There’s an op-ed I found interesting in the Thursday, May 13 2004 edition of the Wall Street Journal. It’s by Jose Ramos-Horta, the 1996 recipient of the Nobel Peace Prize.

Mr. Ramos-Horta states that it’s bad news now that Spain, the Dominican Republic and Honduras have all pulled out of Iraq. He says that every Coalition member that drops the ball sends a message to the terrorists that we’re weak and they can win this if they just go the extra mile.

That’s a good point, and he makes several more. He favors the use of force to stop depraved dictators, for example. But he lost me when it came to the last few paragraphs.

“Now is the time for Washington to show leadership by ensuring that the UN plays the central role in building a new Iraq.” (snip) “The UN is the sum of our qualities and weaknesses, our selfish national interests and personal vanities. For all its shortcomings, it is the only international organization that we all feel part of: it should be cherished instead of weakened. While the US will continue to play a critical role in ensuring security in Iraq, a UN-led peacekeeping force would enable many Arab and Muslim nations to join in and help isolate the extremists.”

I’ve got a problem with all of this.

First off, unlike Mr. Ramos-Horta I figure that the UN is more the sum qualities of all of our weaknesses and none of our strengths. I also think that I speak for many Americans if I vehemently reject the idea that “it is the only international organization that we all feel part of..” Those guys aren’t any part of me, buddy! I’m an American, citizen of the country that does the heavy lifting while the UN tries to grab all the credit.

Instead of thinking that “it should be cherished instead of weakened,” I would vastly prefer it if the UN would simply fade away from lack of interest and funding. Keeping the Oil for Food scandal, and the way that UN aid workers would use the food they were distributing to set up sex slave rings, firmly in mind I’d have to say that they resemble nothing more than leeches that should dry up and blow away.

It’s also important to remember that it was US troops that bled and died to free Iraq. It’s fitting and proper that we try and ensure the formation of a government built to honor our values of equal rights, democracy and freedom. Not those of an organization that never saw a brutal dictator it didn’t want to lick.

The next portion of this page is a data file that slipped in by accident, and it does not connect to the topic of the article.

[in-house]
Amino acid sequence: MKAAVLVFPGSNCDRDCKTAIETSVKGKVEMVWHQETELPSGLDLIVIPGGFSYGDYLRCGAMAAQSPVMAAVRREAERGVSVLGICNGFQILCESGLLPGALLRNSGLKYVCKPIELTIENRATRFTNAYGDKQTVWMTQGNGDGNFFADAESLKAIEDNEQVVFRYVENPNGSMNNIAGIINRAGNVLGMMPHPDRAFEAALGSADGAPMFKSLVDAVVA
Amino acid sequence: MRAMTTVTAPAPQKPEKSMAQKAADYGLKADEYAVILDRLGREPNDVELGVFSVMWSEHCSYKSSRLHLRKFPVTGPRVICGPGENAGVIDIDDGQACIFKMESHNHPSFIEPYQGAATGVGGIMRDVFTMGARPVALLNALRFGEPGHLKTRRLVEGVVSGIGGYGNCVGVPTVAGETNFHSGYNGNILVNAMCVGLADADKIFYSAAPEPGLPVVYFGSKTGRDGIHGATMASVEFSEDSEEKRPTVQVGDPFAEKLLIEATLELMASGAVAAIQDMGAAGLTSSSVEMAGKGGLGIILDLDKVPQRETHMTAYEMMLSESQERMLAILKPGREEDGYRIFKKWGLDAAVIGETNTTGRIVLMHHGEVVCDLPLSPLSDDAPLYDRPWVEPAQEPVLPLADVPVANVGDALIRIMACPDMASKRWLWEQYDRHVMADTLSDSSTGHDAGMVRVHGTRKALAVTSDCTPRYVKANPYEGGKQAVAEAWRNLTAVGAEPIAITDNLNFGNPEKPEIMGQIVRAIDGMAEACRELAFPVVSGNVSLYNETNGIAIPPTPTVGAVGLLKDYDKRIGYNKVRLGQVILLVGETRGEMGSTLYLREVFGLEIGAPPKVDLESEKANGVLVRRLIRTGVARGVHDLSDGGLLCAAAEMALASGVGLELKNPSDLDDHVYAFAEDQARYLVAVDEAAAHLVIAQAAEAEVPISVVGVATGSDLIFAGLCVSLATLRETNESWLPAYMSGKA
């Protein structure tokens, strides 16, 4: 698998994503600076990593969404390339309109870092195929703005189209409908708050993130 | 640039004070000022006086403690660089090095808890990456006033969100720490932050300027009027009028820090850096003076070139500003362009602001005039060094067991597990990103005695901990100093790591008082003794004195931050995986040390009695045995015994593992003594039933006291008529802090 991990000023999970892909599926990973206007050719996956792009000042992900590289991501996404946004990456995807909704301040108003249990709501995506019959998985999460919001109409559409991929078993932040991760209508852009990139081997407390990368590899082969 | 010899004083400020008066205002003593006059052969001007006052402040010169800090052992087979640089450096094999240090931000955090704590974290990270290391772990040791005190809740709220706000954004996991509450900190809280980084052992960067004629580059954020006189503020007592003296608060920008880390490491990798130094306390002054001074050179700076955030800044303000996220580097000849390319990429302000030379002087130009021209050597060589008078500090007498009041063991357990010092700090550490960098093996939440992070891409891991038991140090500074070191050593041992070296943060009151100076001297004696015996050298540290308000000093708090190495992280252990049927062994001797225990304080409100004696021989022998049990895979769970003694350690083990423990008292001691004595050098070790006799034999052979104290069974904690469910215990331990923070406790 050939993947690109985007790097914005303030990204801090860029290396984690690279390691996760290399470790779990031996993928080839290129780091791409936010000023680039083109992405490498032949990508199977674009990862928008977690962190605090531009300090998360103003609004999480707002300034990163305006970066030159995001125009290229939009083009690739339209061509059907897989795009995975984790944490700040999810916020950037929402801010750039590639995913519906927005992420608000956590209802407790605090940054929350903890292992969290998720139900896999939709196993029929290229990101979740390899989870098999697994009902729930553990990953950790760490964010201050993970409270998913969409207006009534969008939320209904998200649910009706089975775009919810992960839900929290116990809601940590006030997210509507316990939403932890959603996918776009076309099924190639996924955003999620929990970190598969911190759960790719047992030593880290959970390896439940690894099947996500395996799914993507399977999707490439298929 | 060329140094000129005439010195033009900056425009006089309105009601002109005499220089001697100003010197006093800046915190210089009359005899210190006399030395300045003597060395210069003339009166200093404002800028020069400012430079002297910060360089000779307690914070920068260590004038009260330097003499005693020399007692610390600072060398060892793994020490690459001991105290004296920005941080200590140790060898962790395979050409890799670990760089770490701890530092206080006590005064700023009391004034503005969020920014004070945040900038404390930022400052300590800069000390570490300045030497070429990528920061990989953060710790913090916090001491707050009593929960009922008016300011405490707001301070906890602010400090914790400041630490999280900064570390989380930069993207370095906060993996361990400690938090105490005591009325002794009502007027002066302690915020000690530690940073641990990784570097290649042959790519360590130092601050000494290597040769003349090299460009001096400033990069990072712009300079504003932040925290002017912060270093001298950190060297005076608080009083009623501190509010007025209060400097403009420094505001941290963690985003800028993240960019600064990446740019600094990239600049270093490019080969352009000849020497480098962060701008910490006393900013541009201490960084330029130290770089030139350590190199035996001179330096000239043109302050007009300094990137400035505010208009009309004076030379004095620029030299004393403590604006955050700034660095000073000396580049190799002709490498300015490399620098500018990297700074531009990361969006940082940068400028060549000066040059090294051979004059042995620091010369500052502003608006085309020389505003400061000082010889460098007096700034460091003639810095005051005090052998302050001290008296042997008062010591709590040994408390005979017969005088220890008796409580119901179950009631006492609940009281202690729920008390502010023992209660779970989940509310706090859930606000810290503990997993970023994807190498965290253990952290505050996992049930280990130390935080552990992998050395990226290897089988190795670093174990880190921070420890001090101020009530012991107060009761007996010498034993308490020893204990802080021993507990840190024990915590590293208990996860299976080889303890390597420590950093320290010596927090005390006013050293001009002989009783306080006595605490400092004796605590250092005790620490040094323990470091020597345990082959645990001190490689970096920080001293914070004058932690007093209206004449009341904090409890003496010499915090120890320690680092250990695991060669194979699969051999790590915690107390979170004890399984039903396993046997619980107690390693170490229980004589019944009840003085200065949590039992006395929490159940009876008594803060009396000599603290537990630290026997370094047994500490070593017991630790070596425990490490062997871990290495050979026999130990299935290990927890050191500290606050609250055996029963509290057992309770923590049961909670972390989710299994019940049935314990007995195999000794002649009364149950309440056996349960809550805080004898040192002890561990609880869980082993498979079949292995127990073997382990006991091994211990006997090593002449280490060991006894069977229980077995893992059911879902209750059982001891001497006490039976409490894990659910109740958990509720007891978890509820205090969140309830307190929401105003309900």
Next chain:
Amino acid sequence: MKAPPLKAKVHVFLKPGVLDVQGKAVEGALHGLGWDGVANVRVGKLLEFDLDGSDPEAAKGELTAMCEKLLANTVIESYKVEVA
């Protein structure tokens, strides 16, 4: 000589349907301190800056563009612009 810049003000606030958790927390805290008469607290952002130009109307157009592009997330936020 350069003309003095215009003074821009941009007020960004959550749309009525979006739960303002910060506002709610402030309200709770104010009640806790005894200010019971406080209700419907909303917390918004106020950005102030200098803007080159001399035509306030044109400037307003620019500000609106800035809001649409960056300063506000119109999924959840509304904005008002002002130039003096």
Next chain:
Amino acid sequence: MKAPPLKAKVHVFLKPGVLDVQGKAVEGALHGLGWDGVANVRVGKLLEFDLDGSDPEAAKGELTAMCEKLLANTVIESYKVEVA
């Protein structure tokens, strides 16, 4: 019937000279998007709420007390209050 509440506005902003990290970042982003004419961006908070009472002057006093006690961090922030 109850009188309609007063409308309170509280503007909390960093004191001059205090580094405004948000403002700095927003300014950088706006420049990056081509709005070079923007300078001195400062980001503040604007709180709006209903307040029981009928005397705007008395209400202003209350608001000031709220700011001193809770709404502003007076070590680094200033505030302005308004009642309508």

Another point to consider is that we are at war on many fronts. One of the many reasons we’re in Iraq is to build a government that IS democratic, equal and free. This is something that I can’t seem to find in the Arab world. In fact, in all of the Middle East it would appear that the only real democracies are to be found in Turkey and Israel, and Turkey’s is rather flawed at that. One thing we don’t want is to “enable many Arab and Muslim nations to join in and help isolate the extremists.” I think it’s pretty clear which side those guys are one, and it would be stupid to rely on them for….well, anything at all. Let alone anything as vital as security for our troops.

So Mr. Ramos-Horta needs to get his head out of his Nobel Prize and look around.

To anyone who takes exception to the tone of this entry, I would like to ask forgiveness. I’ve only been able to get 1 hour of sleep a night for the past 4 days and it’s difficult to feel as much contempt as I should.


  1. Nothing wrong with your tone or comments. If anything they could be stronger. The UN is seriously corrupt and the world would be better off it it were gone.

  2. If the UN wants is to get in, they need to put up some cash. They need to take on some of the risk we’ve taken. We need insurance; they put up a large amount of cash and get it back slowly, when they achieve established goals, with a little interest.

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